Works: The Birds, Lysistrata, Wealth
A Roman philosopher, politician, lawyer, orator, political theorist, consul and constitutionalist (106-43 BC). He came from a wealthy municipal family of the Roman equestrian order, and is widely considered one of Rome's greatest orators and prose stylists.
His influence on the Latin language was so immense that the subsequent history of prose in not only Latin but European languages up to the 19th century was said to be either a reaction against or a return to his style. Petrarch's rediscovery of his letters is often credited for initiating the 14th-century Renaissance in public affairs, humanism, and classical Roman culture.
Though he was an accomplished orator and successful lawyer, he believed his political career was his most important achievement. It was during his consulship that the Second Catilinarian Conspiracy attempted to overthrow the government through an attack on the city by outside forces, and he suppressed the revolt by executing five conspirators without due process. During the chaotic latter half of the 1st century BC marked by civil wars and the dictatorship of Gaius Julius Caesar, he championed a return to the traditional republican government. Following Julius Caesar's death he became an enemy of Mark Antony in the ensuing power struggle, attacking him in a series of speeches. He was proscribed as an enemy of the state by the Second Triumvirate and consequently killed in 43 BC.
(1823-1878) An American politician most notable for being the "boss" of Tammany Hall, the Democratic Party political machine that played a major role in the politics of 19th century New York City and State. At the height of his influence, he was the third-largest landowner in New York City, a director of the Erie Railroad, the Tenth National Bank, and the New-York Printing Company, as well as proprietor of the Metropolitan Hotel.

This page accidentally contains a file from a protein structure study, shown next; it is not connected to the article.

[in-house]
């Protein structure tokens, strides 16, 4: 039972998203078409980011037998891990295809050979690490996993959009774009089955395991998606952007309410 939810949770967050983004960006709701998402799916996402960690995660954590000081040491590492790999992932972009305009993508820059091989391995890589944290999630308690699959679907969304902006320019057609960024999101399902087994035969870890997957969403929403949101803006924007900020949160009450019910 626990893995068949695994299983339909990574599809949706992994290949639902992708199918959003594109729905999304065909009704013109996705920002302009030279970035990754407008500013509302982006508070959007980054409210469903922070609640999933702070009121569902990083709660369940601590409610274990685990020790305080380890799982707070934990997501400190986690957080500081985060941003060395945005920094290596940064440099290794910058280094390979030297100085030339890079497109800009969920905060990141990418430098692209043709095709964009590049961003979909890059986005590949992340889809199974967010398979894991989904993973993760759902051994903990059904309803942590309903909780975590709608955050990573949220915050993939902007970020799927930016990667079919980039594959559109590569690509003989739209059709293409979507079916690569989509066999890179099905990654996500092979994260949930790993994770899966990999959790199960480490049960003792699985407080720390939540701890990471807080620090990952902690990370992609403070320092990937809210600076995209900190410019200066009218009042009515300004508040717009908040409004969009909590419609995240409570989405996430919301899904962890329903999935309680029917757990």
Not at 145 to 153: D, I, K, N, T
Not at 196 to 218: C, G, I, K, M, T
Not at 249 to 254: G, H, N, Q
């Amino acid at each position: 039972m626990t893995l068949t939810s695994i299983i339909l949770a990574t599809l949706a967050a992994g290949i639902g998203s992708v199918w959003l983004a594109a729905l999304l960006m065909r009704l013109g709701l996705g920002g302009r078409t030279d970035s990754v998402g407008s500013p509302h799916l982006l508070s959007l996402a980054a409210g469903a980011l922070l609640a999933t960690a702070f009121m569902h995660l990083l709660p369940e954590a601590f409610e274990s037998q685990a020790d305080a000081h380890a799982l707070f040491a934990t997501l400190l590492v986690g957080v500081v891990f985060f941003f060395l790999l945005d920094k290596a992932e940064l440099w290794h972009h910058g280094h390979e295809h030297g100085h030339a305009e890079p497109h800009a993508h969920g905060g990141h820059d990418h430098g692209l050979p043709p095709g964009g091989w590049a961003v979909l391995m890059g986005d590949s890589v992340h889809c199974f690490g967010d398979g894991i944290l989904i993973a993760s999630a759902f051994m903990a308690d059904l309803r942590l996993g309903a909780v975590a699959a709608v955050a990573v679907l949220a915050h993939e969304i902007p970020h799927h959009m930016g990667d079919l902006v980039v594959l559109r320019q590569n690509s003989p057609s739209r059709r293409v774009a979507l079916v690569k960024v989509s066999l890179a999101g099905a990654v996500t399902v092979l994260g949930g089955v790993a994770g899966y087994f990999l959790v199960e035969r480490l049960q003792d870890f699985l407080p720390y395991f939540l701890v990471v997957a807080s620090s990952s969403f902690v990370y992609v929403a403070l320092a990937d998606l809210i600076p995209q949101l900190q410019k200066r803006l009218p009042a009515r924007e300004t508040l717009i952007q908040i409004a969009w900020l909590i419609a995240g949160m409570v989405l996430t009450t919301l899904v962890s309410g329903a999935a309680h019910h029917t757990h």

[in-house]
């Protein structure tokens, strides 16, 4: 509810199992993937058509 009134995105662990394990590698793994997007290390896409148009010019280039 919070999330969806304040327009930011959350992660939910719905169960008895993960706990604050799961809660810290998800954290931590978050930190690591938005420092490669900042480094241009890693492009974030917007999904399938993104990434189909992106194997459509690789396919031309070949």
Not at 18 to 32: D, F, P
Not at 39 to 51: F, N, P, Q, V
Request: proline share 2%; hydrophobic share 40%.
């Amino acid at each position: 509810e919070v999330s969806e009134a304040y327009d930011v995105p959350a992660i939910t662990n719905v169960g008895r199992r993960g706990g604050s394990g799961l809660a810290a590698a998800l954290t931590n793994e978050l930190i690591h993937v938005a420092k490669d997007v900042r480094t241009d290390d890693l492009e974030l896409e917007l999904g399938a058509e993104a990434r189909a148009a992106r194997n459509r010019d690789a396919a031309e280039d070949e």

He was elected to the United States House of Representatives in 1852 and the New York County Board of Supervisors in 1858, the year he became the head of the Tammany Hall political machine. He was also elected to the New York State Senate in 1867, but his greatest influence came from being an appointed member of a number of boards and commissions, his control over political patronage in New York City through Tammany, and his ability to ensure the loyalty of voters through jobs he could create and dispense on city-related projects.
His ring at its height was an 'engineering marvel', strategically deployed to control key power points: the courts, the legislature, the treasury and the ballot box. Its frauds had a grandeur of scale and an elegance of structure: money-laundering, profit sharing and organization.
He convicted for stealing an amount estimated by an aldermen's committee in 1877 at between $25 million and $45 million from New York City taxpayers through political corruption, although later estimates ranged as high as $200 million. Unable to make bail, he escaped from jail once, but was returned to custody. He died in the Ludlow Street Jail.
An American singer, actor, comedian, and film producer.
One of the most popular and enduring American entertainers of the mid-20th century (50s & 60s), he was nicknamed the "King of Cool" for his seemingly effortless charisma and self-assuredness. He was a member of the "Rat Pack," with Frank Sinatra and Sammy Davis Jr. He was the host of the television variety program The ___ ____ Show and The ___ ____ Celebrity Roast.
His relaxed, warbling crooning voice earned him dozens of hit singles including his signature songs "Memories Are Made of This", "That's Amore", "Everybody Loves Somebody", "You're Nobody till Somebody Loves You", "Sway", "Volare", and "Ain't That a Kick in the Head?".
A king of the Greek kingdom of Macedon (356-323 BC). Succeeded his father, Philip II, to the throne at the age of twenty. He spent most of his ruling years on an unprecedented military campaign through Asia and northeast Africa, until by the age of thirty he had created one of the largest empires of the ancient world, stretching from Greece to Egypt and into present-day Pakistan. He was undefeated in battle and is considered one of history's most successful commanders.